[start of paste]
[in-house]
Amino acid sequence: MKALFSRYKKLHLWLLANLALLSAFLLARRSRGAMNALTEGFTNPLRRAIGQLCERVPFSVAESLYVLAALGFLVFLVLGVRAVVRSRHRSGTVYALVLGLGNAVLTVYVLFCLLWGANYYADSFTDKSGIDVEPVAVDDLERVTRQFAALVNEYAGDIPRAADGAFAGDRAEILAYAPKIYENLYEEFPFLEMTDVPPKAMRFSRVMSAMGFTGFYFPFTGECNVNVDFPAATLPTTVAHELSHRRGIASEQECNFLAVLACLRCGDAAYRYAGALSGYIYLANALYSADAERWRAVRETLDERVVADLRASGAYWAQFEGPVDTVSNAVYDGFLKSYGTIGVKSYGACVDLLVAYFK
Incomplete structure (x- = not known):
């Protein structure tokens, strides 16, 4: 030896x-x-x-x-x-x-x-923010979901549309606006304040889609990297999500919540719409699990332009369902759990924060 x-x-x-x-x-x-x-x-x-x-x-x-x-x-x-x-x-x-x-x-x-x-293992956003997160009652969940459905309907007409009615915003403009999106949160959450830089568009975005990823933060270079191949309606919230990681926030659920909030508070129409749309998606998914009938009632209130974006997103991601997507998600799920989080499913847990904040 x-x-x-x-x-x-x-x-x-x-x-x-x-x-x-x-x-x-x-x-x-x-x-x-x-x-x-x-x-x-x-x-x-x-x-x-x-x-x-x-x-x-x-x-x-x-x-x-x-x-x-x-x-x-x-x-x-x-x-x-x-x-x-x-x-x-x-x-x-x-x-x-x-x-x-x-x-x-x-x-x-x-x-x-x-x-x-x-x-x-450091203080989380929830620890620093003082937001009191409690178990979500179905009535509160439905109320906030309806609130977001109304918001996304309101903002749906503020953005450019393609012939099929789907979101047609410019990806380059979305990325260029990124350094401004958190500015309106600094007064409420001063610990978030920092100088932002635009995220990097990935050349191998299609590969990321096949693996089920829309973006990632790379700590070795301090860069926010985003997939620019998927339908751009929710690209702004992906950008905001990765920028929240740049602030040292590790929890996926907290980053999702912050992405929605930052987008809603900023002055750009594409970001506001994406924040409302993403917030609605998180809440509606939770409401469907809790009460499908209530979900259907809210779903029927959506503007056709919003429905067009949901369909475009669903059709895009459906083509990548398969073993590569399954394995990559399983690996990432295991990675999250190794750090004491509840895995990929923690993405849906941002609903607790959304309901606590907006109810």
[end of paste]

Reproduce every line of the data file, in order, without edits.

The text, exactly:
[in-house]
Amino acid sequence: MKALFSRYKKLHLWLLANLALLSAFLLARRSRGAMNALTEGFTNPLRRAIGQLCERVPFSVAESLYVLAALGFLVFLVLGVRAVVRSRHRSGTVYALVLGLGNAVLTVYVLFCLLWGANYYADSFTDKSGIDVEPVAVDDLERVTRQFAALVNEYAGDIPRAADGAFAGDRAEILAYAPKIYENLYEEFPFLEMTDVPPKAMRFSRVMSAMGFTGFYFPFTGECNVNVDFPAATLPTTVAHELSHRRGIASEQECNFLAVLACLRCGDAAYRYAGALSGYIYLANALYSADAERWRAVRETLDERVVADLRASGAYWAQFEGPVDTVSNAVYDGFLKSYGTIGVKSYGACVDLLVAYFK
Incomplete structure (x- = not known):
């Protein structure tokens, strides 16, 4: 030896x-x-x-x-x-x-x-923010979901549309606006304040889609990297999500919540719409699990332009369902759990924060 x-x-x-x-x-x-x-x-x-x-x-x-x-x-x-x-x-x-x-x-x-x-293992956003997160009652969940459905309907007409009615915003403009999106949160959450830089568009975005990823933060270079191949309606919230990681926030659920909030508070129409749309998606998914009938009632209130974006997103991601997507998600799920989080499913847990904040 x-x-x-x-x-x-x-x-x-x-x-x-x-x-x-x-x-x-x-x-x-x-x-x-x-x-x-x-x-x-x-x-x-x-x-x-x-x-x-x-x-x-x-x-x-x-x-x-x-x-x-x-x-x-x-x-x-x-x-x-x-x-x-x-x-x-x-x-x-x-x-x-x-x-x-x-x-x-x-x-x-x-x-x-x-x-x-x-x-x-450091203080989380929830620890620093003082937001009191409690178990979500179905009535509160439905109320906030309806609130977001109304918001996304309101903002749906503020953005450019393609012939099929789907979101047609410019990806380059979305990325260029990124350094401004958190500015309106600094007064409420001063610990978030920092100088932002635009995220990097990935050349191998299609590969990321096949693996089920829309973006990632790379700590070795301090860069926010985003997939620019998927339908751009929710690209702004992906950008905001990765920028929240740049602030040292590790929890996926907290980053999702912050992405929605930052987008809603900023002055750009594409970001506001994406924040409302993403917030609605998180809440509606939770409401469907809790009460499908209530979900259907809210779903029927959506503007056709919003429905067009949901369909475009669903059709895009459906083509990548398969073993590569399954394995990559399983690996990432295991990675999250190794750090004491509840895995990929923690993405849906941002609903607790959304309901606590907006109810």